Gulf Coast Birds + Blog Post of the Week


If you follow me on twitter then you saw my statement that I know I will not be able to look at any of the photos of oil-covered birds that will be appearing as the oil spill continues and spreads to the shore line. I couldn’t handle the Exxon-Valdez photos either. I love our feathered friends too much. I feed them in my yard. It’s one thing when the circle of life takes them out (I have no problem watching a Coopers Hawk lunch on a Mourning Dove!), but when we humans do it – UGH!

Thanks to my membership in the Feeder Watch program, I’ve been on the Cornell birding sites and they are magnificent. All About Birds just won a Webby award and a quick visit shows they deserved it. Fabulous photos & sound files and data on bird populations including a section on the birds most likely to be impacted in the Gulf. Like the American Bittern shown above. E-Bird is another great site (they work with Cornell’s sites) and I joined that with the intention of reporting what I see especially when I am out on the trails.

My overall opinion of course, is that anything that harms ecosystems and species the way offshore oil drilling does should be looked at long & hard before we embark on any more of it. Regulate, regulate regulate, and oh, how about the agencies in charge of those regulation actually ENFORCING them rather than (literally) sleeping with and doing drugs with the industries you are supposed to be policing? Yeah, that’d be a change. I’m disappointed that the cleanup of the Interior Department has been so slow, but am heartened by the response I am seeing from Sec Salazar and some of the changes he’s already made.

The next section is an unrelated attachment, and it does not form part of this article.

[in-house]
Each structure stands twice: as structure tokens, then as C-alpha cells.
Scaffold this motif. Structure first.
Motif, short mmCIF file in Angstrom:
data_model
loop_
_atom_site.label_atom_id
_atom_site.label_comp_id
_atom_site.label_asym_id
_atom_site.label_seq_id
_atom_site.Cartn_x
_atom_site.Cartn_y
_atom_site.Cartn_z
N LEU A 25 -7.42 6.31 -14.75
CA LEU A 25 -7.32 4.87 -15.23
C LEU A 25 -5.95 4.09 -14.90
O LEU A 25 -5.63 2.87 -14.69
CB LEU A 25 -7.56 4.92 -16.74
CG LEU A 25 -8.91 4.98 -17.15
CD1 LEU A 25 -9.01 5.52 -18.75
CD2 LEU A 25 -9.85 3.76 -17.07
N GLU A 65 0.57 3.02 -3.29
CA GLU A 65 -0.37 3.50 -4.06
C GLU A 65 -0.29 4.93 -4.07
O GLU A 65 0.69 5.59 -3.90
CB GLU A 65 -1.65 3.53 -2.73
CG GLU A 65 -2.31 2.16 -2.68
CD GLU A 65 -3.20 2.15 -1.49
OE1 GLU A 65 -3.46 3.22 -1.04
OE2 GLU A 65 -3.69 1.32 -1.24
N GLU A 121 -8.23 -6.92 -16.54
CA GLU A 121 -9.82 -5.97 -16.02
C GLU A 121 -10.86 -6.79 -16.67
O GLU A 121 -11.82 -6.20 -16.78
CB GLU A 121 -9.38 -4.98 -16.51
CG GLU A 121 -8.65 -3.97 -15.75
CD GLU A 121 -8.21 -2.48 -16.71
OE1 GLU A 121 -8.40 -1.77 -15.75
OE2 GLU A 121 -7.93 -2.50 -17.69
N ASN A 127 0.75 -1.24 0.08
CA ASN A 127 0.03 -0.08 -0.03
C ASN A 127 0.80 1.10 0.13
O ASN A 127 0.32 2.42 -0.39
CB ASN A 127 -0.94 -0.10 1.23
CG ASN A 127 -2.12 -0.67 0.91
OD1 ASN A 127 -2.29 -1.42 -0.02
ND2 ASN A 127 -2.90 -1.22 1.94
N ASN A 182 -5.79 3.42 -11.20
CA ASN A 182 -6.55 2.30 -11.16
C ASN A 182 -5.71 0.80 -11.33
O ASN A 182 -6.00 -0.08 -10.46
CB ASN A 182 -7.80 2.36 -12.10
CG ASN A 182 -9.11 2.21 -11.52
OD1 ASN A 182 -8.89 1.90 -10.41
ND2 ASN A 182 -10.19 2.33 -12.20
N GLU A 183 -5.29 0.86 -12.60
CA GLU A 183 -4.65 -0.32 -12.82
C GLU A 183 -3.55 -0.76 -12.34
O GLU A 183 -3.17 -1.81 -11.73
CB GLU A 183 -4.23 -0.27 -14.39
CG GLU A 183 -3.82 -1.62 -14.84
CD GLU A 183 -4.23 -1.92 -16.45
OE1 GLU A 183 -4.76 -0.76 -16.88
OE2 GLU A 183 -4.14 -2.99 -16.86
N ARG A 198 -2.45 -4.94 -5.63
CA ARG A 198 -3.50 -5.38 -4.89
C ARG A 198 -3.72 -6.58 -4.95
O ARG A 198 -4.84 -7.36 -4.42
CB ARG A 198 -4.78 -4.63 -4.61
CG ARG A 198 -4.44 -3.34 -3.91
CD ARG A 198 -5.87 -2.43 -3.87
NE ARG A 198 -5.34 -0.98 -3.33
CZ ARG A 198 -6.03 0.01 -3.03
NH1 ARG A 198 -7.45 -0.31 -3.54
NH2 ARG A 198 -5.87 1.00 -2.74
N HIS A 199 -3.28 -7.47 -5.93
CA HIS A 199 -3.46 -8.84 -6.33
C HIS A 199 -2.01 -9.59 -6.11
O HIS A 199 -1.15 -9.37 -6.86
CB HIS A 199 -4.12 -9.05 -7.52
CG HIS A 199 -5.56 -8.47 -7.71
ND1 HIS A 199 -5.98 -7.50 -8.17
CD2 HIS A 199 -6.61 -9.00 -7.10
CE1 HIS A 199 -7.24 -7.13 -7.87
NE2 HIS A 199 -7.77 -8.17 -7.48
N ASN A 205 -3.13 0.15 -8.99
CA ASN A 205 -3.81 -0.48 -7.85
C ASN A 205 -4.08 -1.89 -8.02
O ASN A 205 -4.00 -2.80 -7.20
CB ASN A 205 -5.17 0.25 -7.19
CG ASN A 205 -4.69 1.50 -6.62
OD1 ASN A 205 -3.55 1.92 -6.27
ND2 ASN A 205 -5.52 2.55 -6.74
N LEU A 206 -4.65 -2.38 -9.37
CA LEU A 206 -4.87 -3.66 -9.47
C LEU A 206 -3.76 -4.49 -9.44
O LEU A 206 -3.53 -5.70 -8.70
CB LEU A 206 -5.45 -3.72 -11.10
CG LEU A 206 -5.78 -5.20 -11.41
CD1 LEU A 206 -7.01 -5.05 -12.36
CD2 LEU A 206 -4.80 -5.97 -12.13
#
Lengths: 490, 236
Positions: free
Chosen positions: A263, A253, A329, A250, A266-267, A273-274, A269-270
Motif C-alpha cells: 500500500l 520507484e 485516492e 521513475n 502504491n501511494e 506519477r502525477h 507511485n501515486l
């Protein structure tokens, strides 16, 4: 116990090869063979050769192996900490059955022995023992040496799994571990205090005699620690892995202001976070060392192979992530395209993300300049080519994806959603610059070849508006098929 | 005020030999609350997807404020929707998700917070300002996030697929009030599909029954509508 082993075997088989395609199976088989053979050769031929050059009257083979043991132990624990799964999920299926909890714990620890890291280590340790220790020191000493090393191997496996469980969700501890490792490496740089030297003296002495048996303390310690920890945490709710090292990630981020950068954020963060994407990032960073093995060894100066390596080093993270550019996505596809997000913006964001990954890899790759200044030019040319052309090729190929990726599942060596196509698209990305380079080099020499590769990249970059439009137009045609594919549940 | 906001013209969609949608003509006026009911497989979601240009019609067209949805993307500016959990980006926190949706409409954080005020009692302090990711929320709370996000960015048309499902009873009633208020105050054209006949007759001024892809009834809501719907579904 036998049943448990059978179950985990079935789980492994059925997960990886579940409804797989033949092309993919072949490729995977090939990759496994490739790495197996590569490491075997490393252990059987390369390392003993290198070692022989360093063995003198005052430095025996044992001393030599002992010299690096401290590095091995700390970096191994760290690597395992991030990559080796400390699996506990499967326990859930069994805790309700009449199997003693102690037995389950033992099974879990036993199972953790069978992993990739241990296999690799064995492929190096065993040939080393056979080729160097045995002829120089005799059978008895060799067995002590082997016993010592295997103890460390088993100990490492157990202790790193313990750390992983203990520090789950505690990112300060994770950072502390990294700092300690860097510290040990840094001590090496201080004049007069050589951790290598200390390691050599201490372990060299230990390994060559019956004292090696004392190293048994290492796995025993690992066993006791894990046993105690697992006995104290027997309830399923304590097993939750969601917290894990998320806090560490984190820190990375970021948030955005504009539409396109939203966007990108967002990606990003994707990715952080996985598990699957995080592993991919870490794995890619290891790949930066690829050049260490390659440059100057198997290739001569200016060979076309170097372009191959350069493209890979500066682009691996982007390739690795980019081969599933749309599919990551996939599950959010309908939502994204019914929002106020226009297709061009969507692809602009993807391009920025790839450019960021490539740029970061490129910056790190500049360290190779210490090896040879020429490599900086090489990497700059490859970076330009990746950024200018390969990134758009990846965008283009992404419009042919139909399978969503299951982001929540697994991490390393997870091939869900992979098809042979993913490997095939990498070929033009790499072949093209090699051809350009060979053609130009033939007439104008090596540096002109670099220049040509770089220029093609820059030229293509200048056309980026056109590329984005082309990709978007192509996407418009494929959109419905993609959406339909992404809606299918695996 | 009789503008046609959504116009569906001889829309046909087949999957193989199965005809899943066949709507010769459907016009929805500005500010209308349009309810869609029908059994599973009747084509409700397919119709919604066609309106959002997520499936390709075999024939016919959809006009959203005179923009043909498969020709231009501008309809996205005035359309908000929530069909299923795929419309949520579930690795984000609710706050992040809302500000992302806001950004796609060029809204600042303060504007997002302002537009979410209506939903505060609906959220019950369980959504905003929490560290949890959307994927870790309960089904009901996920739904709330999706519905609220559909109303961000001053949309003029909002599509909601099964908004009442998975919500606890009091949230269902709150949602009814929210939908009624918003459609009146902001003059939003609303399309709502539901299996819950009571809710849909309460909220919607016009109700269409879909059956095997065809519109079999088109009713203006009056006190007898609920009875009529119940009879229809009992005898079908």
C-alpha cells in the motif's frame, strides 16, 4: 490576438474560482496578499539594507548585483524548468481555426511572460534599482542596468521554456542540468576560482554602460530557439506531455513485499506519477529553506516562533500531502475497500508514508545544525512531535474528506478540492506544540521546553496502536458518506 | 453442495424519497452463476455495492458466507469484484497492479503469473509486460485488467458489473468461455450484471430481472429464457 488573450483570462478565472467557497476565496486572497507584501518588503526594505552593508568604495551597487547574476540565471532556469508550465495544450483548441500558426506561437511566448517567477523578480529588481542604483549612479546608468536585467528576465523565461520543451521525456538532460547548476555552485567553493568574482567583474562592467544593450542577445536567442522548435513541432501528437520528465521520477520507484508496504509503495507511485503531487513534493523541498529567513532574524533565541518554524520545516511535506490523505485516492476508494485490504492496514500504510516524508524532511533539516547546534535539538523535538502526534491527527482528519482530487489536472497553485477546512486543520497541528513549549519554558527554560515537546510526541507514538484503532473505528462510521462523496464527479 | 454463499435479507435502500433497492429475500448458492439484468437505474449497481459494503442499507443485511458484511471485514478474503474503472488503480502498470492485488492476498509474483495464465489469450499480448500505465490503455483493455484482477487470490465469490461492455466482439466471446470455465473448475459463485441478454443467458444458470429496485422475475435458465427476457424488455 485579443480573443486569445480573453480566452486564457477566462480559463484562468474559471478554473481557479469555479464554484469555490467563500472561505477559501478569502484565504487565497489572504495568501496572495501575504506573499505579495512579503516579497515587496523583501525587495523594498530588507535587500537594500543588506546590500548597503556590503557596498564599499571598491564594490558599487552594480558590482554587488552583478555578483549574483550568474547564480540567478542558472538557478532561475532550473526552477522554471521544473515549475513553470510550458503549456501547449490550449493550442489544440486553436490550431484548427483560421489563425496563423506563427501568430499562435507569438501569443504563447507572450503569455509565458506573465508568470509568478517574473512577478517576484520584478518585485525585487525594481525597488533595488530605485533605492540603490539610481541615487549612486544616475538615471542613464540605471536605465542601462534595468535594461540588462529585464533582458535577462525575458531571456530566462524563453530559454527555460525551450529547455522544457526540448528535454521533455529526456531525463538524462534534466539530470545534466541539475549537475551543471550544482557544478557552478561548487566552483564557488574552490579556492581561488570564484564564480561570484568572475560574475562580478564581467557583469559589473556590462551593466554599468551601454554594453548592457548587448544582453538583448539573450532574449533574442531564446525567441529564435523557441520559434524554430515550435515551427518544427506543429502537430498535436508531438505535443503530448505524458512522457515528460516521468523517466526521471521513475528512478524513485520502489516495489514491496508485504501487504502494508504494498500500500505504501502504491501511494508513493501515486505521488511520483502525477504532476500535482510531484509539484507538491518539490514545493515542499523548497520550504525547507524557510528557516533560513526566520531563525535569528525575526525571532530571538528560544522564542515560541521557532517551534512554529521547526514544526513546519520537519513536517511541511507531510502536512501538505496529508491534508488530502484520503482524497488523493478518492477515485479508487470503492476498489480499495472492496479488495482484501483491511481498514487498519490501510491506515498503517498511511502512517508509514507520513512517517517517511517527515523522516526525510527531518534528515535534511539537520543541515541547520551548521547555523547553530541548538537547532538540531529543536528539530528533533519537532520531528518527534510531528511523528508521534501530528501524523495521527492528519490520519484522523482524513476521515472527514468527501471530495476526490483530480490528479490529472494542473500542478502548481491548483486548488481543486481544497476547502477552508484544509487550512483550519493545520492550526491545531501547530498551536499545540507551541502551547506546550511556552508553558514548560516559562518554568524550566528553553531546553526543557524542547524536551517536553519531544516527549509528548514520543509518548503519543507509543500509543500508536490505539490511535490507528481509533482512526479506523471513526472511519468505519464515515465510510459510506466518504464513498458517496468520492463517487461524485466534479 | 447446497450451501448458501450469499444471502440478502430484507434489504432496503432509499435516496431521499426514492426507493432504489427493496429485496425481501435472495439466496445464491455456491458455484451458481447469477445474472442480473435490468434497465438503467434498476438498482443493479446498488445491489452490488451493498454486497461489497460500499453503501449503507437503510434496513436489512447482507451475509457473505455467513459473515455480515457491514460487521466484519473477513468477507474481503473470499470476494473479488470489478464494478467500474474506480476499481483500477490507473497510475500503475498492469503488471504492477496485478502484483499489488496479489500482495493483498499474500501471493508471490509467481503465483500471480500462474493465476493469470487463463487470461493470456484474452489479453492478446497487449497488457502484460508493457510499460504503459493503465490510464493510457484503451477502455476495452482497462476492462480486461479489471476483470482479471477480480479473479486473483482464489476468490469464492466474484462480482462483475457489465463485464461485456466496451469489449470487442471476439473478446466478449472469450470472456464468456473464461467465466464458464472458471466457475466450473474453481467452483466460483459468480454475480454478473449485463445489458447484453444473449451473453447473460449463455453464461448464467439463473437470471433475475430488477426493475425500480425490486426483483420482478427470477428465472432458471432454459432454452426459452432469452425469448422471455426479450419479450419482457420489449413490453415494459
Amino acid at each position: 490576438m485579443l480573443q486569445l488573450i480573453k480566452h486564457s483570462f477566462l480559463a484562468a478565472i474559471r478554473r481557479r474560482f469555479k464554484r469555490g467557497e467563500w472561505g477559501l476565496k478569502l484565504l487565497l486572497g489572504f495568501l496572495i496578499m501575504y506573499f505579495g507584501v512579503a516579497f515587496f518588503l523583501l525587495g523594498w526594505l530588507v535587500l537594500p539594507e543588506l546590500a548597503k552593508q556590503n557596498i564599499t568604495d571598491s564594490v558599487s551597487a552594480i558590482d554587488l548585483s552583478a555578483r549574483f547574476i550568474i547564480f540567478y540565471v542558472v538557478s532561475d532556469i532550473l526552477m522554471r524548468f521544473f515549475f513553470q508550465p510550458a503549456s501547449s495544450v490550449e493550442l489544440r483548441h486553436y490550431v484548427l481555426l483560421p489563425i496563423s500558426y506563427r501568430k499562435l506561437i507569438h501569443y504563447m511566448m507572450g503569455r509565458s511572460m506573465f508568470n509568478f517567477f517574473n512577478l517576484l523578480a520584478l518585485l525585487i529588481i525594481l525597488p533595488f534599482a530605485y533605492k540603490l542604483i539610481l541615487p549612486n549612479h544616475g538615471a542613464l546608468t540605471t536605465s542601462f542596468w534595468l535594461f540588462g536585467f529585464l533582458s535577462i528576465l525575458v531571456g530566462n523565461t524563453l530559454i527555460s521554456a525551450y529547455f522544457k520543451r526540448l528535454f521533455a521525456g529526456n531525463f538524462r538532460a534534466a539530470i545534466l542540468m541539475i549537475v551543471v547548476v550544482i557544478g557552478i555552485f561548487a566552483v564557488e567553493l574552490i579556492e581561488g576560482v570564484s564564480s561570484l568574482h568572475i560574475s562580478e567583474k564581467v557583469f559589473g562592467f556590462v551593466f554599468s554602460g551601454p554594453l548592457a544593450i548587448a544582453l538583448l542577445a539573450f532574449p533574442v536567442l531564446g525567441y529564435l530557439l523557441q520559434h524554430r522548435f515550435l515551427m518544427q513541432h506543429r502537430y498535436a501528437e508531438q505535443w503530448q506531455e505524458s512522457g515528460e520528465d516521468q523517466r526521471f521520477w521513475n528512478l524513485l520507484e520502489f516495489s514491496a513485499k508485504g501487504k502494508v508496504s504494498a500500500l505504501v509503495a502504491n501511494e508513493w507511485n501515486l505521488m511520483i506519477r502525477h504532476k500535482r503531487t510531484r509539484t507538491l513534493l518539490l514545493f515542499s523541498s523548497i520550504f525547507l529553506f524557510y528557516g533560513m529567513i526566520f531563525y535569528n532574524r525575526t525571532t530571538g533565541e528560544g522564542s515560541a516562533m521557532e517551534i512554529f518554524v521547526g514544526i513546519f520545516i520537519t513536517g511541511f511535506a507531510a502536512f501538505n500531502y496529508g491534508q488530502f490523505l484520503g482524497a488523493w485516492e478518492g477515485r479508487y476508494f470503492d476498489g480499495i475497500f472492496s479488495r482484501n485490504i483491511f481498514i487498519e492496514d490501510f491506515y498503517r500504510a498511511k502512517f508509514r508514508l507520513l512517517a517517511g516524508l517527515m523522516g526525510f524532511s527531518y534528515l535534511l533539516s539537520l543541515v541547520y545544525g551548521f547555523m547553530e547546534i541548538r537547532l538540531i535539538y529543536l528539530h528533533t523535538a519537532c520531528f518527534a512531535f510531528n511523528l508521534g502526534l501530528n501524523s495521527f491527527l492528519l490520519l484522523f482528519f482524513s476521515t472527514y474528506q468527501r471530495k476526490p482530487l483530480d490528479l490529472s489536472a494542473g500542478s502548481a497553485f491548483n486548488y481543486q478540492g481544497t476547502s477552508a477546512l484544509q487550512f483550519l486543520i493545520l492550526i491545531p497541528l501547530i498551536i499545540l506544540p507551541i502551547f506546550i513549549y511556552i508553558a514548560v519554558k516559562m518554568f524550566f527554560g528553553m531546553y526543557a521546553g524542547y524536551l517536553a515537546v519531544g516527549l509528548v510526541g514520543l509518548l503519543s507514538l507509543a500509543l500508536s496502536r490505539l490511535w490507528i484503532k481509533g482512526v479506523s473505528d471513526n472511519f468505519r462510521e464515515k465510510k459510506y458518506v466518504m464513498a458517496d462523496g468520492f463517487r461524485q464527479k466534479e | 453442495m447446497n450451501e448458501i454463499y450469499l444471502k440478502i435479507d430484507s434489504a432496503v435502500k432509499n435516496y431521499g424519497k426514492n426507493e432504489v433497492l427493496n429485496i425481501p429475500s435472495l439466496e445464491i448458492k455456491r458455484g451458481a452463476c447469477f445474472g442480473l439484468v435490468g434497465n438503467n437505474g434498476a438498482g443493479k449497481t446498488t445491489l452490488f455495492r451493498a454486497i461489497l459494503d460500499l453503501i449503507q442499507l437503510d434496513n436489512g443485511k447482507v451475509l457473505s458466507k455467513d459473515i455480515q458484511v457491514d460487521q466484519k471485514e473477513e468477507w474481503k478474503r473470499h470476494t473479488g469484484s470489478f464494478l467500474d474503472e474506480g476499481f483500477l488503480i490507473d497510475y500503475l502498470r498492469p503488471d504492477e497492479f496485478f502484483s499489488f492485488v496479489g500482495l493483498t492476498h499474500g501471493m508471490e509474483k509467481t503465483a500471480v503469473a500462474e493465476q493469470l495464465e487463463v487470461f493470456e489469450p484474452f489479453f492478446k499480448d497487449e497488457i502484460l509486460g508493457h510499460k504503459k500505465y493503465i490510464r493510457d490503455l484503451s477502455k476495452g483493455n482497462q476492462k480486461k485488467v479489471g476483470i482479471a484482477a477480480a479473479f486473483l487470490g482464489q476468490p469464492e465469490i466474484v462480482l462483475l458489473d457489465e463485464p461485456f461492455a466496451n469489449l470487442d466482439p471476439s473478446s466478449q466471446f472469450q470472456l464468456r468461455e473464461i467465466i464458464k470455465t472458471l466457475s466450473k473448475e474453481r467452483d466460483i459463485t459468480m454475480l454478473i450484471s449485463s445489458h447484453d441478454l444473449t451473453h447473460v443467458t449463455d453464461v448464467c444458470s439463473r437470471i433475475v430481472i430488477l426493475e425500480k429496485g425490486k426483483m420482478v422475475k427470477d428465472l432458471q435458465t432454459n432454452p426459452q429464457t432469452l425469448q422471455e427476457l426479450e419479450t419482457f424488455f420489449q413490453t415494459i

Meanwhile my heart aches for the birds & the fishermen of the region.

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Ok – blog post of the week! This is technically a guest poster on this site, but he just blew me away. Jane, at PlainJane was diagnosed recently with breast cancer and she had double mastectomy surgery this week. It all went well and thanks to the many Cancer-Be-Gone vibrations sent her way (I’m sure it was all our doing, right?!)  there were no indications of anything having spread and all offending cells were removed. Still, this was quite the ordeal and we were all on pins & needles sending out those powerful vibes. Thankfully he angel of a husband kept us posted. At first they were perfunctory, “here’s what is up” style updates. Then on Wednesday he posted a detailed update not just on Jane but also on the kids and on him and how he was handling everything. I hope it was cathartic for him to write. It is stunning beautiful and I do advise having a tissue handy.

It Was a Long Day

Bravo Paco!

2 thoughts on “Gulf Coast Birds + Blog Post of the Week

Add yours

  1. I like the Cornell birding sites, too. They’re great. And, like you, I can’t watch coverage or look at pictures of birds covered in oil. It’s too heartbreaking.

    Like

  2. Hi, I just released a new song “Fly Forever in My Heart” for Gulf Coast birds affected by the oil spill disaster. Hope this might help and be of interest here.

    “When the world is lost in the dark, there you are – fly forever in my heart,” sings Woods, a Los Angeles Music Award winner approaching half a million views on YouTube and greatly influenced by the 70’s pop of Elton John, Barry Manilow and Jackson Browne.

    “Fly Forever in My Heart” can be downloaded for free at http://www.KennyWoods.com and the accompanying video viewed at http://www.YouTube.com/KennyWoods.

    Like

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